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Full text of "The Cambridge Natural History"

INJDRI

and to some small neighbouring islands. The rest occur in the
Ethiopian and in the Oriental region. The rest of the world is
at present totally without Lemurs, though, as will be seen in the
sequel, the order was more widely spread over the globe in past
times.
Fam. 1. Lemnridae.—This family can be usefully subdivided
into four sub-families.
Sub-Earn. I. Indrisinae.—This sub-family is limited to Mada-
gascar, and has been exhaustively treated of by M. Grandidier
and Professor Milne-Edwards in the ffistoire de Madagascar.
These Lemurs contrast with others by the large size of the hind-
as compared with the fore-limbs. The ears are short. The tail
varies in length. The thtimb is but slightly opposable, and the
toes are webbed. Correlated with the first two of these
characters, these Lemurs when upon the ground progress by
means of the hind-limbs, holding their arms above their heads.
The number of teeth is reduced, the total being thirty. The
formula l is T -j- C -J- Pm -§- M ^. The colon or large intestine, as
figured by Milne-Edwards, has a remarkable watch-spring-like coil,
highly suggestive of the Uuniinants and of certain Rodents. This,
however, is only in Propithecus and Avahis. The caecum in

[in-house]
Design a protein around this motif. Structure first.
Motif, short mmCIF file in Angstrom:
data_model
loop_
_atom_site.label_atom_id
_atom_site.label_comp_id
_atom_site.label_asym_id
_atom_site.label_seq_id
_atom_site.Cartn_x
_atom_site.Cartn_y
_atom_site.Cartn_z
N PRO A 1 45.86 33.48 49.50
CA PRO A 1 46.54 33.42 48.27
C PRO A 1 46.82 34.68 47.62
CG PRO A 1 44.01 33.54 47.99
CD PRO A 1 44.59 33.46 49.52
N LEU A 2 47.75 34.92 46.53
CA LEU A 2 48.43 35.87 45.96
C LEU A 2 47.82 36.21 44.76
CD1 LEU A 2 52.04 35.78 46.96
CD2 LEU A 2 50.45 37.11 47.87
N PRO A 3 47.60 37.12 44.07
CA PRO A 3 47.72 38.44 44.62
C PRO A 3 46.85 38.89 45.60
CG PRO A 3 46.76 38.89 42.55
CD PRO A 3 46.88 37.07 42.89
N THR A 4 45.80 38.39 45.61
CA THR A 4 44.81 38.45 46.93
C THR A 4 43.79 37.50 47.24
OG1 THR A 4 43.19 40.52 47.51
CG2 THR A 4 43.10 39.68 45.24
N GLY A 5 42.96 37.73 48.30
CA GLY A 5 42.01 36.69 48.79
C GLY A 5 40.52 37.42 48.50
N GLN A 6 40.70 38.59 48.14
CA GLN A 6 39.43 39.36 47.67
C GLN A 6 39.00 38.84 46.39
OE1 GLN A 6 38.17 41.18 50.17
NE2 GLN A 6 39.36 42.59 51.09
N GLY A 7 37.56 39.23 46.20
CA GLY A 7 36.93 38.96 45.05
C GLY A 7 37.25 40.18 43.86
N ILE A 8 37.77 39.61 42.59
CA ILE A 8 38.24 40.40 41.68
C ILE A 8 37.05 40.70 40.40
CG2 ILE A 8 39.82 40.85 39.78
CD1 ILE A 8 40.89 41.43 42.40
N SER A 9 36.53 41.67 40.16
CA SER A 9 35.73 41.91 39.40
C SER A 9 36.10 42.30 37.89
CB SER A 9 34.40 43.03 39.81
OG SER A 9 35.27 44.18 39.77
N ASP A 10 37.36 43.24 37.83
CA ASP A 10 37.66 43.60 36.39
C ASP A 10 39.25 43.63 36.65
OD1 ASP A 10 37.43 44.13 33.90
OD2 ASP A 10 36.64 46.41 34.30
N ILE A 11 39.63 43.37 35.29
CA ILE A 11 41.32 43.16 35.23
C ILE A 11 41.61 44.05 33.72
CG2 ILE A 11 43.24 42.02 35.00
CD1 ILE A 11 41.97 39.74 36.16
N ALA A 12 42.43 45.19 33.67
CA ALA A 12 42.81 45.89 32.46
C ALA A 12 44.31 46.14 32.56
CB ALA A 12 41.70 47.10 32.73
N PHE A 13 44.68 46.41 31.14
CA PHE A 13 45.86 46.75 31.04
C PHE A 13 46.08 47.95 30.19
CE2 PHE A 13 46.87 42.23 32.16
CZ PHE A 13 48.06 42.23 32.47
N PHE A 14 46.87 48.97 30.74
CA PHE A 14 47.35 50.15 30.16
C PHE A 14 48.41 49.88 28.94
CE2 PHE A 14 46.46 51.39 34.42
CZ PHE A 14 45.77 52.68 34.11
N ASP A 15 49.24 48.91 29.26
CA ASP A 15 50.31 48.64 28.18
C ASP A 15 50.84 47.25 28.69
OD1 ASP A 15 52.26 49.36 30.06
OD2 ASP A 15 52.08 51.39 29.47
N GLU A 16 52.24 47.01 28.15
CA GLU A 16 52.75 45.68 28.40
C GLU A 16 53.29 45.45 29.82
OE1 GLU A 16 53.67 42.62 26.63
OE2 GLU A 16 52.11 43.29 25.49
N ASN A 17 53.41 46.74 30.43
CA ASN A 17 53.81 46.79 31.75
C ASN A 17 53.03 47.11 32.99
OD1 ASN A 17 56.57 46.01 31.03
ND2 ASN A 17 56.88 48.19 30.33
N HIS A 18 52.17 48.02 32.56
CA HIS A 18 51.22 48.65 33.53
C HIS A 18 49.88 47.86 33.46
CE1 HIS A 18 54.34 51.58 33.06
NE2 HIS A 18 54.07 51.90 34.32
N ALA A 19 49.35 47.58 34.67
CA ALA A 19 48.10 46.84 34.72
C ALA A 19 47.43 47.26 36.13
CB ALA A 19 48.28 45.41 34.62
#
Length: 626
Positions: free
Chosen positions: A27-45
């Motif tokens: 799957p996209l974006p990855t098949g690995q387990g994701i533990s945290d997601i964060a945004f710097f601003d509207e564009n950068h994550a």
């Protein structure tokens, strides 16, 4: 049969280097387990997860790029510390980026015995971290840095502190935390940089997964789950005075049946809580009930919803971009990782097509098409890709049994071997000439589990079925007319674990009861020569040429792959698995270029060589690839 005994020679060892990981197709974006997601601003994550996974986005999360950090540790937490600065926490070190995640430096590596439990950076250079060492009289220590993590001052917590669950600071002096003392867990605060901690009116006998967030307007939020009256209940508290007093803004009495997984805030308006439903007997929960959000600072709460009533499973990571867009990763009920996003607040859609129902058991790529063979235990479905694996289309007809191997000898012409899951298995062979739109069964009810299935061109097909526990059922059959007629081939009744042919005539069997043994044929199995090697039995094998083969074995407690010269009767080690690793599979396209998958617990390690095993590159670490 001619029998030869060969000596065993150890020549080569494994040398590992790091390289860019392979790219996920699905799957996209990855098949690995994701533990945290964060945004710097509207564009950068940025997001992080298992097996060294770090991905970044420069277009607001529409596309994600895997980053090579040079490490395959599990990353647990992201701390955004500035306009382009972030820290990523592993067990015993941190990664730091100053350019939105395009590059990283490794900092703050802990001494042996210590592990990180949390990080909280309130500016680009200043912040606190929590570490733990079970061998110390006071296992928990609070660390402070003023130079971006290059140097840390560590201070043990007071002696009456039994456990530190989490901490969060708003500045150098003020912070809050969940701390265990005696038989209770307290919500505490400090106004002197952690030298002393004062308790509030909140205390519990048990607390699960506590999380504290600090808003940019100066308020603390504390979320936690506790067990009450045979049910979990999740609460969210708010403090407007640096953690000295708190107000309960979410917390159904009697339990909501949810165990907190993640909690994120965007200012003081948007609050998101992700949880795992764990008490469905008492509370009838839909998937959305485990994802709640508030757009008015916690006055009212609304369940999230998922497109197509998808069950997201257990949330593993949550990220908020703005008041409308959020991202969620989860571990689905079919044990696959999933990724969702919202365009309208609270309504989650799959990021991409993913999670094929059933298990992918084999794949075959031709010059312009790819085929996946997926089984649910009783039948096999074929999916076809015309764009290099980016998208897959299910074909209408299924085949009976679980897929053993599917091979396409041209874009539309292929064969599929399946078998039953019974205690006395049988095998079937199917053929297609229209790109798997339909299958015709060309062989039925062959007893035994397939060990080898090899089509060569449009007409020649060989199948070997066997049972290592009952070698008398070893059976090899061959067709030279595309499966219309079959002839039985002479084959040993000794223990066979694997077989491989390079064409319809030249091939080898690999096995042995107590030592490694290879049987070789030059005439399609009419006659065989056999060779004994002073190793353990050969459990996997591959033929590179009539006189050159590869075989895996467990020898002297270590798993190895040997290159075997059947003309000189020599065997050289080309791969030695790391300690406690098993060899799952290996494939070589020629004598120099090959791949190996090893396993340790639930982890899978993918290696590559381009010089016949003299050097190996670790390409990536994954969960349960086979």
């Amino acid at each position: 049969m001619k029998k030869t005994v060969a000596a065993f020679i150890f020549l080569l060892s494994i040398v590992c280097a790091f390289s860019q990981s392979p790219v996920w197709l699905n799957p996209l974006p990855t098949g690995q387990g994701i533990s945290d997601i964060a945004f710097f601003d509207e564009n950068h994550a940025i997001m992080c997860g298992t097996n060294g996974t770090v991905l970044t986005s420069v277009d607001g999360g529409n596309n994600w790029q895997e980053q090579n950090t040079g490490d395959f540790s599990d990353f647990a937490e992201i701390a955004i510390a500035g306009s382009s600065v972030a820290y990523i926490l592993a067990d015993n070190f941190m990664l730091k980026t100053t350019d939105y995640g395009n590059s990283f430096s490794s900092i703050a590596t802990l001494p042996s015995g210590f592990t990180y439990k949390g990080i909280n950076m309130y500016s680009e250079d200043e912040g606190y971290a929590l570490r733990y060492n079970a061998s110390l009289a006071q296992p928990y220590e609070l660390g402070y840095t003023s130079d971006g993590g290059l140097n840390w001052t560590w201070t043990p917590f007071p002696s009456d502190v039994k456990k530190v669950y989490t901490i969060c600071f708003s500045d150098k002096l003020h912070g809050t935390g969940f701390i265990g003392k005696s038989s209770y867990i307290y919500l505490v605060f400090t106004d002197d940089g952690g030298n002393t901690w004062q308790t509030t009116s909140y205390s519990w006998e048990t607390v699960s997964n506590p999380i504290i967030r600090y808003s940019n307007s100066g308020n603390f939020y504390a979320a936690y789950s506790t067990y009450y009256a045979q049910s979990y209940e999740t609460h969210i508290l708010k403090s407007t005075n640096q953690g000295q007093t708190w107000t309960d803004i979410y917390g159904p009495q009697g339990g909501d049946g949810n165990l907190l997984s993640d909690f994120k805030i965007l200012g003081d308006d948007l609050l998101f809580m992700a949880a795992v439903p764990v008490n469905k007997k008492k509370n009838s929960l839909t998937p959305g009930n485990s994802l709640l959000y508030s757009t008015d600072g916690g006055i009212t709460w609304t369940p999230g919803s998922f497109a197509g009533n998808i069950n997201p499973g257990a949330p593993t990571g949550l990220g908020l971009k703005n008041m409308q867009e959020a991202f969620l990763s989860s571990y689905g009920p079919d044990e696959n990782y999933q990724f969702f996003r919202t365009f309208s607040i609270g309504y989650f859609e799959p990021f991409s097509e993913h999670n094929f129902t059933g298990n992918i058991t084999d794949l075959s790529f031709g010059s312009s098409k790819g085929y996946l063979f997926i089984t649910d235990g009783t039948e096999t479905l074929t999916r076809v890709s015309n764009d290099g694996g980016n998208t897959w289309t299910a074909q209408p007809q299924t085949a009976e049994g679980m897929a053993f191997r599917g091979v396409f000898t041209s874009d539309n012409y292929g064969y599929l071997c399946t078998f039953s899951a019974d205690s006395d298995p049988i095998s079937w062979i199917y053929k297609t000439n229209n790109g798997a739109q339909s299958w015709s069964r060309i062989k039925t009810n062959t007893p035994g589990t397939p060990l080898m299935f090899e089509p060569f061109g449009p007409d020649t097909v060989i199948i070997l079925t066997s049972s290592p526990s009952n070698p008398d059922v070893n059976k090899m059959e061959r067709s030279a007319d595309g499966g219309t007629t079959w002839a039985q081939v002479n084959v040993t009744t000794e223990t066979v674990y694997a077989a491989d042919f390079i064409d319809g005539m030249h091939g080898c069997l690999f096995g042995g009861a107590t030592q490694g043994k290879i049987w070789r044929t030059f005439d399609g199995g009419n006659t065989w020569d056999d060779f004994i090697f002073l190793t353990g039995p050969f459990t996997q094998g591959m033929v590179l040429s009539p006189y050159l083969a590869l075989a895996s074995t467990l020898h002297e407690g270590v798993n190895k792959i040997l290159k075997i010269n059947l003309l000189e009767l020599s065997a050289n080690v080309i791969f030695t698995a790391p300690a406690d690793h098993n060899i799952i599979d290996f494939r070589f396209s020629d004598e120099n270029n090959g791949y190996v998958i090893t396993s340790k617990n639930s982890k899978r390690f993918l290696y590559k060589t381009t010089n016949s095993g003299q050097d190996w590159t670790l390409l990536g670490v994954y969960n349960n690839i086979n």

tliis sub-family is specially large. The brain is characterised by
the comparatively slight development of the angular fissure in
Propithecus and Awoukis ; it is in them anterior in position. In
Indris it is more S-shaped and larger as in Lemur. The
parieto-occipital fissure is fairly well developed, so too is the
anter o -temporal.
The genus Indris has more pronounced external ears than
have the two other genera of the sub-family. The tail is
rudimentary. The incisors of the upper jaw are sab-equal and
set close together, those of the lower jaw have marked longitudinal
ridges upon the outer surface, which suggests Galeopithecus (see
p. 520). The molars are quadricuspidate. There is but a single
species, I. brevicaudata,, which is of a black colour, diversified with
white upon the rurnp and the limbs. The term " Indri " 2 means,
as does <f Aye-aye," " look." One of the native names for the
x So at least the formula lias been given ; but it is very possible that the
supposed second incisor is really, judging from the other Lemurs, a canine.
2 The Malagasy, however, must be vague in definition, or their interpreters
nofc well grounded in the rudiments of the language ; for Sonnerat states that
Indii signifies *' homnie des.bois,"